Note: all numbers are approximate. Do your own research. I'm sure I fucked something up, so let me know what and I'll fix it. Alright, ignore my flair for a minute. I earned it, but that doesn't take away from everything else I'm going to say. This is why you should get approved for futures, especially before the end of the month if you can. - Leveraged as fuck So you wish you had the $33,000 to be able to trade 100 shares of SPY, right? Even with margin, you're looking at tying up $16,500 just for them to hold in case SPY drops by 50% (it won't) and that's a terrible use of leverage. You can buy a fucking house with less money down (percentage-wise). /ES is the equivalent of 500 shares of SPY (it's really 50xSPX, but you get the point) and only uses $13,000 or so in buying power so you can ride those waves with way less money in use. You can also trade /MES which is the equivalent of 50 shares of SPY with only $1300 or so, so with $2600 you can emulate having 100 shares of SPY. Way better use of margin, right? I should add a note here that you have to be prepared to have it go against you too, so don't trade two /MES contract if your account is only $3000 because a 4 point SPY move will take your account out and put you in a margin call. All the people playing GLD and SLV? If they have the cash, they could trade straight up futures (with this leverage, do you really need options?). For example, /SI is $11,000 in BP, but it equals 5,000 ounces of silver. So those two-dollar moves? That's right: $10,000 in profit. They have mini versions of the metals too, so if you're scared of /SI swings (like I am), you can trade /SIL which is 1,000 ounces, so a fifth of the moves and a fifth of the leverage. There are also mini-oil, mini-natgas, currencies and mini-currencies. If you really are confident in bushel price of wheat going up, you can trade shit like what, corn, soybeans. My broker doesn't offer Lean Hogs, but if yours does, you can join the retarded Lean Hogs Gang. - 23 hours a day, 5 days a week Most products trade 23 hours a day, 5 days a week including the Nasdaq, Russell and S&P500 futures. They start at 5pm Central Time (CME Time) on Sunday and run to 4pm Central Time on Friday. Ever watched futures rocket green as fuck, get your dick in your hand ready to go, just for it to reverse overnight and be flat by morning? Imagine locking in your gains at night on a /ES call instead of waiting for open to get fucked on your SPY calls. Or scalping $5 per point with a long or short /MES contract when you see the move coming (or $50/point for /ES). - Hedging (we don't do that here) So I know this isn't the most risk-averse place, but you can go long or short any contract with no borrowing fees. There's no "hard to borrow" bullshit in futures, so you can pick an opinion, and hedge your 100 SPY 220p FDs with a long /MES overnight just in case it goes completely against you. You can also scalp /ES or /NQ options overnight when the Europeans sell off all their gains that you paid for. - The options are coming, the options are coming The micro-S&P and the micro-Nasdaq are both getting options soon so you'll be able to buy /MES and /MNQ calls and puts starting August 31st. I have no opinion on how these will work until they roll out, but if you ever dreamed of having 100 shares of SPY and selling covered calls for easy income, you'll be able to but two /MES contracts and sell calls against them. You can also sell naked puts/calls for thousands less in buying power (if they don't get blown through of course) on those two micro products. - No fuckery Speaking of SLV, people have been posting all the reasons that JPM fucks with the SLV ETF and to be honest, I've never read them. But /SI is a deliverable contract of 5,000 ounces of silver. No management fees for the ETF, no oversight. Straight up fucking contract at what price you're willing to buy the silver. The products are pure and pretty self explanatory. - No PDT Rule on any products ever The CME has no daytrading rules, so you can buy/sell all goddamn day without getting your account fucked for 3 months. I constantly see people on here talking about "Well, I have to have diamond hands since I'm out of trades." You'll never know that feeling again. New smaller futures "But lucasandrew, I don't want to get completely fucked with a 2% move against me!" I get it. The Small Exchange was made by the guys who made tastyworks and are available most places that futures are offered. Their products take $100 to $500 in buying power and the notional value for all of them is extremely simple. Each penny move in the price is $1. They have /SM75 which is the 75 most-volatile stocks they could find with equal weightings by industry. They also have /SFX with dollar exposure where you go long if you're bullish in USD and short if you're bearish. It's weighted against multiple currencies instead of just one so individual events in Australia don't totally fuck your position. They're also releasing an interest rate product, a small oil product and more coming up. You can see all the deets at www.thesmallexchange.com. These products are getting options once they have approval too. - Warnings If you just got your first Robinhood account and they hooked you up with a Hertz share you're trying to daytrade, FUTURES ARE NOT FOR YOU. If you've been around a little bit and understand the risks you're taking, they are, in my humble opinion, about a million times better products. The leverage is awesome and a bitch. If SPX moves 40 points down in a day and you're long /MES, you're out $200. If you're long /ES, you're out $2000. Know how to use the leverage in your favor and how to handle if it goes against you. SOME PRODUCTS ARE DELIVERABLE. Remember people buying oil contracts for negative money? That wasn't a flaw in the design. It was that nobody could store 5,000 barrels of oil, so they were literally paying people to take the oil contracts off their hands. The equities futures products are all cash-settled, so you'll never have to take delivery, but wheat, corn, soybeans, (presumably) lean hogs and oil are all physical products that if you hold until expiration, you have to accept physically at a predefined location. See the CME website for contract details that will tell you if it's physical delivery or cash. Or, do yourself a favor and know when the contract ends and get the fuck out or roll before that date. - TL;DR futures are the ultimate WSB tool and not a lot of people understand anything about them. The micros are getting options on August 31st, so you can daytrade some equivalent of SPY/SPX to your heart's desire. Tastytrade has a beginner's course and so does the CME. If you don't understand futures or don't feel confident, take them both. Positions: Long /MES, Long /M2K, synthetic strangle on /RTY, credit put spread on /NG Edit: Looked it up and lean hogs are cash settled. Edit 2: Screenshot of positions as requested: https://i.imgur.com/6QHSavc.png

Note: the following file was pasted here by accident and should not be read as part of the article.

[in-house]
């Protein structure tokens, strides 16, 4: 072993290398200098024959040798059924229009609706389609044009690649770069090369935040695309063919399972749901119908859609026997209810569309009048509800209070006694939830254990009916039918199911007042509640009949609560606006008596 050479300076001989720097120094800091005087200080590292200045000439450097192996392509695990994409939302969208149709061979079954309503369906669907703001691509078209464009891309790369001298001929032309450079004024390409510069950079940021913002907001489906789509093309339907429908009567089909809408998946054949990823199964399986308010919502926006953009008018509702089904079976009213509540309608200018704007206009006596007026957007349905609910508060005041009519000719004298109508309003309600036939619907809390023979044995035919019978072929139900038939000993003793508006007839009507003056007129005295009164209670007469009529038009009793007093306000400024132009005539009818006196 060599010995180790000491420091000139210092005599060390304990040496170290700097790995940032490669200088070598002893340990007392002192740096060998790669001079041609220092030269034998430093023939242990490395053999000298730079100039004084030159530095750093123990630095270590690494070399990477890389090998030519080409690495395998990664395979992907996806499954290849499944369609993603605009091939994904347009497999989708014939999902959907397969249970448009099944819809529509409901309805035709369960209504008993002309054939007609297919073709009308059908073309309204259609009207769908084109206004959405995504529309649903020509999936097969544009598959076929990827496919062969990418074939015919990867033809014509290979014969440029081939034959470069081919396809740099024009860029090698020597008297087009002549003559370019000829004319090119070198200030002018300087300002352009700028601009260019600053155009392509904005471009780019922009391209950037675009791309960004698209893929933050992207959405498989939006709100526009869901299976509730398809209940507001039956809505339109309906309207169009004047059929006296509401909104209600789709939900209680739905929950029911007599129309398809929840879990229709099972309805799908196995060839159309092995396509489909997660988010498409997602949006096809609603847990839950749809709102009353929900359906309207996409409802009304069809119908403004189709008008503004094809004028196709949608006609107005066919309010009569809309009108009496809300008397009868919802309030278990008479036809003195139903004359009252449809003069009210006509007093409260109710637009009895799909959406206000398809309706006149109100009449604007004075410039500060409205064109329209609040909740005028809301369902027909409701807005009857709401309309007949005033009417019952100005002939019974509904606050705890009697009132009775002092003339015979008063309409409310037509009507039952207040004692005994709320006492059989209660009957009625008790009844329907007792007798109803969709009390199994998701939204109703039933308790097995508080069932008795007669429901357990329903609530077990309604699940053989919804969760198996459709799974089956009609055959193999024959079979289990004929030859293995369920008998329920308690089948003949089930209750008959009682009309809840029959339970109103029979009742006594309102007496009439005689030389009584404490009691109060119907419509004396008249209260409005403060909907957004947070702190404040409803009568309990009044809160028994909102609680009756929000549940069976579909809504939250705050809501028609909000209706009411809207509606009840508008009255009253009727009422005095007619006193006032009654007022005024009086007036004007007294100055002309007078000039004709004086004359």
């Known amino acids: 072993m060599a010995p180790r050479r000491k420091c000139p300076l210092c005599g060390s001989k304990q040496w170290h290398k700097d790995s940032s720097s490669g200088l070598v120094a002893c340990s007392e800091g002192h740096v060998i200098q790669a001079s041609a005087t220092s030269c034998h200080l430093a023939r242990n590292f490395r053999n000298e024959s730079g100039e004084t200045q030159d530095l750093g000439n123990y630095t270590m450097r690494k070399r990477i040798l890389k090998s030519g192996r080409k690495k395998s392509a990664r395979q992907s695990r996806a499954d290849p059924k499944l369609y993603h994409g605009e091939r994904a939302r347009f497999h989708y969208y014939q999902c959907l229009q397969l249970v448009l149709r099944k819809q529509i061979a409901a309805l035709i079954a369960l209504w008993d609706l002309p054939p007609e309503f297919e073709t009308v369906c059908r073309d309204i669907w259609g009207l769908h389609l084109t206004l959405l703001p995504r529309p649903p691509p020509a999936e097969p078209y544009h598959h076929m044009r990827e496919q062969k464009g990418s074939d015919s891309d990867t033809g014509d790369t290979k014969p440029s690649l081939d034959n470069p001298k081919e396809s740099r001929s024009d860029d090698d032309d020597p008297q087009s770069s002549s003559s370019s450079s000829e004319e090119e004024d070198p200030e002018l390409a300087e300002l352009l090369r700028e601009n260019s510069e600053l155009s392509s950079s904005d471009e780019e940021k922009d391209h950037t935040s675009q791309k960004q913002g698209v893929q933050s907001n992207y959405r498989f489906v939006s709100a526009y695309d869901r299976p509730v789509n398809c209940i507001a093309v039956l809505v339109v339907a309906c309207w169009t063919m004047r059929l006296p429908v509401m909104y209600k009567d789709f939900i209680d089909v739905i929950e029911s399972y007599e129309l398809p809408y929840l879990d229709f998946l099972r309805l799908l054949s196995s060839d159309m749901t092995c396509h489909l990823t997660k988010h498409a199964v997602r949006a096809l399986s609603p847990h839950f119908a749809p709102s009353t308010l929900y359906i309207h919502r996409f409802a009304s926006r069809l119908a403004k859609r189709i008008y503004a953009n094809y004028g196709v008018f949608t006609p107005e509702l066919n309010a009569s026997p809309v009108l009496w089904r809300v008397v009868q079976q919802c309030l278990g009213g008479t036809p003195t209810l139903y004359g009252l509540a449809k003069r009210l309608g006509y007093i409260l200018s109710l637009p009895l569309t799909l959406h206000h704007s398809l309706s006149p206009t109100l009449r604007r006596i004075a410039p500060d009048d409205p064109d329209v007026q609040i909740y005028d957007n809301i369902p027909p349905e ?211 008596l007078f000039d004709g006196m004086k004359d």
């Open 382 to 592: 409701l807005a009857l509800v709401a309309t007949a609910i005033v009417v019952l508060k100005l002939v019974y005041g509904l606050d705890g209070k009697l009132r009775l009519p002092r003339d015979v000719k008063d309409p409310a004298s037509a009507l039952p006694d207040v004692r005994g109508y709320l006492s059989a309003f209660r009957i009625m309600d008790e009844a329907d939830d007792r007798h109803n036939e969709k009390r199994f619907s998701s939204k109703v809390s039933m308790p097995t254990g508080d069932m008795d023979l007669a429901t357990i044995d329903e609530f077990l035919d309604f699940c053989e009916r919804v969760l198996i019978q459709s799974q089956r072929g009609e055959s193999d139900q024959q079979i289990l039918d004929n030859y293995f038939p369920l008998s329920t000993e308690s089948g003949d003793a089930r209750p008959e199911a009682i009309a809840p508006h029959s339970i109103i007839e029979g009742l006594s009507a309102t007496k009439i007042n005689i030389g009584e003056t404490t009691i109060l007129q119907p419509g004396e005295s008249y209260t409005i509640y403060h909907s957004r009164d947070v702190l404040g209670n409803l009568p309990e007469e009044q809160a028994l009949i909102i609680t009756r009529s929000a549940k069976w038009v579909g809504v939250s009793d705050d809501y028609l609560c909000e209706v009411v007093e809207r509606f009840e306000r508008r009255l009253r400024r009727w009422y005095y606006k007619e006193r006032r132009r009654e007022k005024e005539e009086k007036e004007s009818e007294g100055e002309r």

All Around the Campfire: A Guide for Retinue Members